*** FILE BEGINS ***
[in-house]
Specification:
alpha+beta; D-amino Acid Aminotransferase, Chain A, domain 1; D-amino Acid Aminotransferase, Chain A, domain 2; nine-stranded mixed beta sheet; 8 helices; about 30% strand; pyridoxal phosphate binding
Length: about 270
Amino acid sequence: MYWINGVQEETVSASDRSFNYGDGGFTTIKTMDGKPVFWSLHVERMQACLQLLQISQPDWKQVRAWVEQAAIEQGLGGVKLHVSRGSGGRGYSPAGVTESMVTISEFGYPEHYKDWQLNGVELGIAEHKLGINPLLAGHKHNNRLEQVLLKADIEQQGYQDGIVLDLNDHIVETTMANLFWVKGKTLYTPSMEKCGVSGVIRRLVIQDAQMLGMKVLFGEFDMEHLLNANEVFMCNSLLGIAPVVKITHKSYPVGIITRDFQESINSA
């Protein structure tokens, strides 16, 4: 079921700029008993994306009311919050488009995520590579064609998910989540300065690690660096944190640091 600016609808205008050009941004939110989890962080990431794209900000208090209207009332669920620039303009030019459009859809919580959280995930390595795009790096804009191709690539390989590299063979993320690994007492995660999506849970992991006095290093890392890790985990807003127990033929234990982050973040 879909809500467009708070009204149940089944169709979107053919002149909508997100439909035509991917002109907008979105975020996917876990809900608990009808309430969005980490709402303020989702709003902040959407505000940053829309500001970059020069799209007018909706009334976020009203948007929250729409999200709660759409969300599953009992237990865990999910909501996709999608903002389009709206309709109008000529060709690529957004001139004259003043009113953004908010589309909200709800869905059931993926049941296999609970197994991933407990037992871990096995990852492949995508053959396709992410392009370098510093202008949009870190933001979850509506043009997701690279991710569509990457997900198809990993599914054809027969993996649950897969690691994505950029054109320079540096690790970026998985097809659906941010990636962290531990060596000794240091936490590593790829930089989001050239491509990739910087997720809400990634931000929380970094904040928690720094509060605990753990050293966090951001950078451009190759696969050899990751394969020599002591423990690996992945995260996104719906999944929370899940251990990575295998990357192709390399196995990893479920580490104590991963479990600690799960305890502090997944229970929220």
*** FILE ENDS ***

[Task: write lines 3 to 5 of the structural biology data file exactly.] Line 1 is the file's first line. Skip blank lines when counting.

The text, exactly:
alpha+beta; D-amino Acid Aminotransferase, Chain A, domain 1; D-amino Acid Aminotransferase, Chain A, domain 2; nine-stranded mixed beta sheet; 8 helices; about 30% strand; pyridoxal phosphate binding
Length: about 270
Amino acid sequence: MYWINGVQEETVSASDRSFNYGDGGFTTIKTMDGKPVFWSLHVERMQACLQLLQISQPDWKQVRAWVEQAAIEQGLGGVKLHVSRGSGGRGYSPAGVTESMVTISEFGYPEHYKDWQLNGVELGIAEHKLGINPLLAGHKHNNRLEQVLLKADIEQQGYQDGIVLDLNDHIVETTMANLFWVKGKTLYTPSMEKCGVSGVIRRLVIQDAQMLGMKVLFGEFDMEHLLNANEVFMCNSLLGIAPVVKITHKSYPVGIITRDFQESINSA